Government Tenancy measures regarding Commercial Leases for Covid-19 Impacted Tenants articles


29 Sep 2021

The Government announced surprising changes to all leases by an enforceable implied term for commercial property. The law will be effective from 28 September 2021 once it is legislated and receives Royal assent.

In a joint statement issued by the Hon Potu Williams [Associate Minister of Housing] and the Hon Chris Faafoi [Minister of Justice] on 28 September 2021 the intention is to ease impacts of COVID-19 restrictions on commercial tenancies.

An amendment to the Property Law Act is proposed to insert an implied clause into commercial leases requiring a ‘fair proportion’ of rent to be paid where a tenant has been unable to fully conduct their business in their premises due to the COVID-19 restrictions.

Therefore, the immediate issues will be:

            (a)       What is a fair proportion?; and

            (b)       What is fully conduct?

“Landlord and tenant would need to agree on the amount of rent that is fair. They could also agree that the clause does not apply,” Kris Faafoi said. We can assume therefore parties can contract out of this obligation in future leases.

“Landlord and tenant would need to agree on the amount of rent that is fair. They could also agree that the clause does not apply.” – Kris Faafoi

The provisions of the current Auckland District Law Society [ADLS] Deed of Lease cl 27.5 [No access in emergency] state that if a tenant is unable to gain access to rental premises as a result of restrictions imposed by a competent authority to fully conduct its business then a fair proportion of rent and outgoings shall cease to be payable for the period of the tenants inability to fully operate its business. Cl 27.5 doesn’t provide any mechanism for resolution of any dispute between landlord and tenant to determine what is fair.  If no agreement can be reached, then the parties would rely upon the Arbitration provisions of cl 43.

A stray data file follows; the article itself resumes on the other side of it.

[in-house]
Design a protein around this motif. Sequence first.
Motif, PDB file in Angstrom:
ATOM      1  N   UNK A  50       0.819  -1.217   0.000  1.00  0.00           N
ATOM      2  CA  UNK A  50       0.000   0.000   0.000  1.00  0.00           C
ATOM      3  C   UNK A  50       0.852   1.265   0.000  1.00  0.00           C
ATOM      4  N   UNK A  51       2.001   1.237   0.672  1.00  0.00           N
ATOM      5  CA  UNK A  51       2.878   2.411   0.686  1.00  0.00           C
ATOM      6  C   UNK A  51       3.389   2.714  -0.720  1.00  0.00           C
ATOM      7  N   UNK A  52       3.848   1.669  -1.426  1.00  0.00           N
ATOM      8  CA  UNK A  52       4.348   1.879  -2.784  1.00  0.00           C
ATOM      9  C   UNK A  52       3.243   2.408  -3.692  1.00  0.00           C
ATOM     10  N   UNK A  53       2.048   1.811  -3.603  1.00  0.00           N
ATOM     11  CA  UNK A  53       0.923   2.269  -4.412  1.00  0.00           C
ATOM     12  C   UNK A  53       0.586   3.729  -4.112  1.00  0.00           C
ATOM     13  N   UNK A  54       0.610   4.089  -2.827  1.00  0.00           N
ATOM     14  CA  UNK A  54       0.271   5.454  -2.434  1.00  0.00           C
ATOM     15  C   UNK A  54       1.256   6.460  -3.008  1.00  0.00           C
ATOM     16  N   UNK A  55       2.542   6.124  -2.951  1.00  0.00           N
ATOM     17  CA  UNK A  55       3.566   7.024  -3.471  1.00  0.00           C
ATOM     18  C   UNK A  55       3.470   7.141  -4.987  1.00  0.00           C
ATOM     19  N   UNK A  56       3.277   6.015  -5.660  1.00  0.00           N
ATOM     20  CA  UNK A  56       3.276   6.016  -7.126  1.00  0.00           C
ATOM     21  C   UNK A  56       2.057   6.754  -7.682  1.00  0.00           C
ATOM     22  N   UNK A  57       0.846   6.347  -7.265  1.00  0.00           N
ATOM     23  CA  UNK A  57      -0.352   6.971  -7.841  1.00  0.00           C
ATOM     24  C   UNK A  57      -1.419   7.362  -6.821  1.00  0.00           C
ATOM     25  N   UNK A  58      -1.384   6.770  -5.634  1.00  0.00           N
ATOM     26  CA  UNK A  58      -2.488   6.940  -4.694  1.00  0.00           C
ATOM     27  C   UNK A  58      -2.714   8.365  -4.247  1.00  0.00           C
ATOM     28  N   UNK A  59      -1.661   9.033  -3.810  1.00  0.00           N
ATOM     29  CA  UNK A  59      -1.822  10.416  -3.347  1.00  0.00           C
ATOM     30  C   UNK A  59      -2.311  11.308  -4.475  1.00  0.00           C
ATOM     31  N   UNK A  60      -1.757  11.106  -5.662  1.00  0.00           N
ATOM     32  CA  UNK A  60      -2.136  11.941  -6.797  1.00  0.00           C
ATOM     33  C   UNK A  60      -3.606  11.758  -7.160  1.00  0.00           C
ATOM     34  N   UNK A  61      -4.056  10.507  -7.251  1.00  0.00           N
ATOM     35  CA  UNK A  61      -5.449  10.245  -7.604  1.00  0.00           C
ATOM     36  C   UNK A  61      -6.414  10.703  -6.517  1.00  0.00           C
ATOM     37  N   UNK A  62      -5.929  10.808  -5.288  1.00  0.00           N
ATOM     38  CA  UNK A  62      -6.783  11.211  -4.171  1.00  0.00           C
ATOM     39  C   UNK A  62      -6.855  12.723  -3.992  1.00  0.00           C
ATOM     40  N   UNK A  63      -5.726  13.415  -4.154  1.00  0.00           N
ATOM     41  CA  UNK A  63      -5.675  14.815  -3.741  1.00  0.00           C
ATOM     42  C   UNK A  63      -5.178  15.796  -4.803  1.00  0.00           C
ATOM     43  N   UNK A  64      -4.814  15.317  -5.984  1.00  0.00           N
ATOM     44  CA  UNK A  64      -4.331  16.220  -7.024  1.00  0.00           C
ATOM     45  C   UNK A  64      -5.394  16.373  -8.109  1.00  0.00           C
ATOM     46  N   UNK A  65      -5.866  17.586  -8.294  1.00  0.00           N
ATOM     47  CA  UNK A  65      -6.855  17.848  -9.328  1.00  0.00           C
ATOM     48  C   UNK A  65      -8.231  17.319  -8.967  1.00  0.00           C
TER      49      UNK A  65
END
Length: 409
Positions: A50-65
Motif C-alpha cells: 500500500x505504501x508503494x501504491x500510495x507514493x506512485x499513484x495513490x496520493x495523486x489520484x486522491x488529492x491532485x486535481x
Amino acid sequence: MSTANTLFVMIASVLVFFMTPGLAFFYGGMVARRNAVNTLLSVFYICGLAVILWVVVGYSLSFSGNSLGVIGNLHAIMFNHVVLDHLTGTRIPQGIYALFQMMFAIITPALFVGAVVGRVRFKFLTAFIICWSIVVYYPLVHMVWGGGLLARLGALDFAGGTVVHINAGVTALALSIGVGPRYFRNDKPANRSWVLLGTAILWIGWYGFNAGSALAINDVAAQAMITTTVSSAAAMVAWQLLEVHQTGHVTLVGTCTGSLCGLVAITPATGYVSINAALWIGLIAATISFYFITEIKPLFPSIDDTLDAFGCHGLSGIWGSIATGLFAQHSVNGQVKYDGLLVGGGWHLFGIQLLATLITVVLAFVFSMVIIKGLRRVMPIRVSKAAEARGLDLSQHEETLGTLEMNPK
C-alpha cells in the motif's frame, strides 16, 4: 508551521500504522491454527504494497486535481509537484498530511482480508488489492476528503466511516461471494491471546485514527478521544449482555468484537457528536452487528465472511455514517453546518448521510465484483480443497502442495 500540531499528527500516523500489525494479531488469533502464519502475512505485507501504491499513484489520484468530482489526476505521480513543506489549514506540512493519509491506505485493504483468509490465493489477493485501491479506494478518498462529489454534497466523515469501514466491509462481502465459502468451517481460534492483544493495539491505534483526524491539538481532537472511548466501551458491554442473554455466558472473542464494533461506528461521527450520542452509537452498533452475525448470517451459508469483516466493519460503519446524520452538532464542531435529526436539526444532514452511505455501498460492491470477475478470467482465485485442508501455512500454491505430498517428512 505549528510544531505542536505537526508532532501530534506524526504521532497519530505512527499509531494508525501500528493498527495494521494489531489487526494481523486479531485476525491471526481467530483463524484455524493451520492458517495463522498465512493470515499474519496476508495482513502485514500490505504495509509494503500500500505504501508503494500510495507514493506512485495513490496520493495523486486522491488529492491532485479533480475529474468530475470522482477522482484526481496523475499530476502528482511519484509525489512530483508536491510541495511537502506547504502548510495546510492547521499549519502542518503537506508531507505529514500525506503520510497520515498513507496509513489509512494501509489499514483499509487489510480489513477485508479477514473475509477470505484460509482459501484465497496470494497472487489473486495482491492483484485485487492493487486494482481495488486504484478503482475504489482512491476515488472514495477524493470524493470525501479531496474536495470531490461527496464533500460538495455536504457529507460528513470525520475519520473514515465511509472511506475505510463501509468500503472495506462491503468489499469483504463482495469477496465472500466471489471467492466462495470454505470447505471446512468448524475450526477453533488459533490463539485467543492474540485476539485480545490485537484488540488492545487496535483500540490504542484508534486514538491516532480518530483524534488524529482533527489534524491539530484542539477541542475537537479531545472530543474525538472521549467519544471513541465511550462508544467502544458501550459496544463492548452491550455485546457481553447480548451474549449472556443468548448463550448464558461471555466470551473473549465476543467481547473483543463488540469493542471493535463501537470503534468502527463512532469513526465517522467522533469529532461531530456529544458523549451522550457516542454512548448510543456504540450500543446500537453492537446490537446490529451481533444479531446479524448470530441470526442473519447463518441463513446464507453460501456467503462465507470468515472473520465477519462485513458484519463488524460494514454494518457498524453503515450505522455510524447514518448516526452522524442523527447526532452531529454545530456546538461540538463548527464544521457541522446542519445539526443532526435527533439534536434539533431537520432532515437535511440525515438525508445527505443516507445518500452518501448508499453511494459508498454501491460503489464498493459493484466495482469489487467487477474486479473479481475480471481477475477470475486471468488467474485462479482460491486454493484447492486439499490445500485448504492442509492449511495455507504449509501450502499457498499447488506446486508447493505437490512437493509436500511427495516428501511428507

Under the new amendment to the Property Law Act, arbitration will be required where landlords and tenants are unable to come to agreement about a fair rent proportion, unless they agree to an alternative dispute resolution process such as mediation. On face value there is little difference to the current ADLS provisions.

There remains no clear answer as to what a fair proportion reduction of the rent is. There is likely to be further litigation on this issue as the proposed changes are not offering any guidance at all. Nor does it seem there will be any mechanism under the new implied clause for determining this or when a tenant is ‘fully conducting’ their business. Is a tenant fully conducting their business if they can still conduct business online even though they are unable to do so in person? Each lease is different and facts such as a tenant simply refusing to pay any rent, or refusing to negotiate, or refusing to attend arbitration with a landlord will impact on any dispute resolution. The new implied clause should not give tenants a ‘get out of jail free card’ so they can avoid their part of the lease bargain.

Minister Faafoi noted that Agreements made prior to 28 September 2021 to adjust rent obligations to reflect the COVID-19 situation would not be affected by the implied clause.

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Paul Connolly


I work on building client engagement to work through legal matters with confidence and trust.  I have wide experience both in New Zealand and for...

Paul Connolly


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